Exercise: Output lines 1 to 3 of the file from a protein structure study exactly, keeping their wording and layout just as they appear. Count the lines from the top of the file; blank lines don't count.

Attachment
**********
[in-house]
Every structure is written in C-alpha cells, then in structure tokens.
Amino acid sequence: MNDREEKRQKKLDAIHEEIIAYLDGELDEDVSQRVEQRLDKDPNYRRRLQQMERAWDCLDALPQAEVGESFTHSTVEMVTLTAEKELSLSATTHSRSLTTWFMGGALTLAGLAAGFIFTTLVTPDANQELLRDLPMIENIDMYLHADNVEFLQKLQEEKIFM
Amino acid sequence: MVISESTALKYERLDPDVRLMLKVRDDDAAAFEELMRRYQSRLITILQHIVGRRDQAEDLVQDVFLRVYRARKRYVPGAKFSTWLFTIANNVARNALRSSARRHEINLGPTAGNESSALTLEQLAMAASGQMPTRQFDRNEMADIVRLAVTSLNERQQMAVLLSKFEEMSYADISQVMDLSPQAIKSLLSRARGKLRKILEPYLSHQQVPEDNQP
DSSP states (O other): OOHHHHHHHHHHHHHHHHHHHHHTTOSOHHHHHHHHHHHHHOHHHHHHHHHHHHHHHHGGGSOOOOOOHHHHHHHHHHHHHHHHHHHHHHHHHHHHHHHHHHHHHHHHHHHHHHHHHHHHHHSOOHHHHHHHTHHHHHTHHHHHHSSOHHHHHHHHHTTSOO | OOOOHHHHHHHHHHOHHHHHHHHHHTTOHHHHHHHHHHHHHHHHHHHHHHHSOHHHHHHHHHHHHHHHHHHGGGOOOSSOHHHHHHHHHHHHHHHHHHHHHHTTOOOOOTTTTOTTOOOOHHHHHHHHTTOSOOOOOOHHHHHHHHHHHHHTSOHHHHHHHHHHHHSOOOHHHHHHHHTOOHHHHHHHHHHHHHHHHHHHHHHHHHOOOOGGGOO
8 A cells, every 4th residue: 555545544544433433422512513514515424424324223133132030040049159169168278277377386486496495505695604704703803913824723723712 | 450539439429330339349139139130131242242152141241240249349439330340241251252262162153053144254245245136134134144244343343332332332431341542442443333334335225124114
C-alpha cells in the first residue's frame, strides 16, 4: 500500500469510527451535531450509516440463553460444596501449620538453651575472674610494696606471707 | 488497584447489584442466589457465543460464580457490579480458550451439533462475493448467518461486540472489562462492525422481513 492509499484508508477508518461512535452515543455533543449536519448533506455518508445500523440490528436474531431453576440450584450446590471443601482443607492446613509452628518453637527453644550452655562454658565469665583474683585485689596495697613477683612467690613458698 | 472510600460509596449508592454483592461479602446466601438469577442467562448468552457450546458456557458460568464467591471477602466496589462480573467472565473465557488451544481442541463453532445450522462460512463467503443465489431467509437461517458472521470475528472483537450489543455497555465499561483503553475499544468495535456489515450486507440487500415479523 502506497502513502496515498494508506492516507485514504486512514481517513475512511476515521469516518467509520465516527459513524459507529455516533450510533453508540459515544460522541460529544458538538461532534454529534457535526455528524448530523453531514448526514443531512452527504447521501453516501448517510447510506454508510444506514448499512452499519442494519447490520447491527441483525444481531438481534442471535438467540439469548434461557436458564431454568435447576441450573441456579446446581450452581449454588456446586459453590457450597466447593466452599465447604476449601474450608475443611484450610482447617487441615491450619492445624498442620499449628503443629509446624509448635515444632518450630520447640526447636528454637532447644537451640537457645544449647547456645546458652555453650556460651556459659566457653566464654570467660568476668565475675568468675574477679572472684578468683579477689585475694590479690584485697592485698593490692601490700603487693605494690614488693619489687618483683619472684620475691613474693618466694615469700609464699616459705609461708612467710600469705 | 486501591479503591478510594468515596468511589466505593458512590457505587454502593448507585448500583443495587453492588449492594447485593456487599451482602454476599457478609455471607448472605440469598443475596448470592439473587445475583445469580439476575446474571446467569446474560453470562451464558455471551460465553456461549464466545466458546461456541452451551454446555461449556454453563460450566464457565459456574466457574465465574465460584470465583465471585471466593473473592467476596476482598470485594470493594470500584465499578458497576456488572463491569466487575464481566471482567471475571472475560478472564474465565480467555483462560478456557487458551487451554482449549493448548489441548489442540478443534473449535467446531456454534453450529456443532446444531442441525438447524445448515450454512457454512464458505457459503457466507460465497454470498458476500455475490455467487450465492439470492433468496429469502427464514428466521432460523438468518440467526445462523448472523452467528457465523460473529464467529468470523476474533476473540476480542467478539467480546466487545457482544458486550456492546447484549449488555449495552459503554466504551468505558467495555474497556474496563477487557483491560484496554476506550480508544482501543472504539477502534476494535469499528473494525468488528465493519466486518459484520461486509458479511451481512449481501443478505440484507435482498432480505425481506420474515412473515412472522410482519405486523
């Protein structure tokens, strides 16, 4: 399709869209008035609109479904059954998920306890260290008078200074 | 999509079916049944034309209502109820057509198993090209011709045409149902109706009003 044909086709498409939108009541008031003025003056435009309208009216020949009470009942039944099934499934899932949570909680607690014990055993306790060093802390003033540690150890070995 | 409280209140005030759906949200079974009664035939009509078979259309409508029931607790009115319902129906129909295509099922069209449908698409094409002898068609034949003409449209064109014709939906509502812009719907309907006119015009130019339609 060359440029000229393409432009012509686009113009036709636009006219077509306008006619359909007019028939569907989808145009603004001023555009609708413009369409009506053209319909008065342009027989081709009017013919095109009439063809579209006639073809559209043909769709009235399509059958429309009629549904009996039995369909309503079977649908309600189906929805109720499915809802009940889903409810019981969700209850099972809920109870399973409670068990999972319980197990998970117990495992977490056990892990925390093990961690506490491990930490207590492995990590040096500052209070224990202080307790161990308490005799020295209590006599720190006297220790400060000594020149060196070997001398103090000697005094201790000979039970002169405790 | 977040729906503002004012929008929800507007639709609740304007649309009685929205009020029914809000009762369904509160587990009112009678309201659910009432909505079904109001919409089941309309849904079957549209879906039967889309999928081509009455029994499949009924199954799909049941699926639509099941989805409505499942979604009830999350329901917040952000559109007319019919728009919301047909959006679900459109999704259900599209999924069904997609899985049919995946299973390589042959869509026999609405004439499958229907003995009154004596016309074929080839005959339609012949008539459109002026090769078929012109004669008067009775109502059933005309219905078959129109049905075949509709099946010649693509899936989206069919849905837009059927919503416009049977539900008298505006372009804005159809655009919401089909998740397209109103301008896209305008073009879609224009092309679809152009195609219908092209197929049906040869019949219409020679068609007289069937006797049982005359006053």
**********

[in-house]
Every structure is written in C-alpha cells, then in structure tokens.
Amino acid sequence: MNDREEKRQKKLDAIHEEIIAYLDGELDEDVSQRVEQRLDKDPNYRRRLQQMERAWDCLDALPQAEVGESFTHSTVEMVTLTAEKELSLSATTHSRSLTTWFMGGALTLAGLAAGFIFTTLVTPDANQELLRDLPMIENIDMYLHADNVEFLQKLQEEKIFM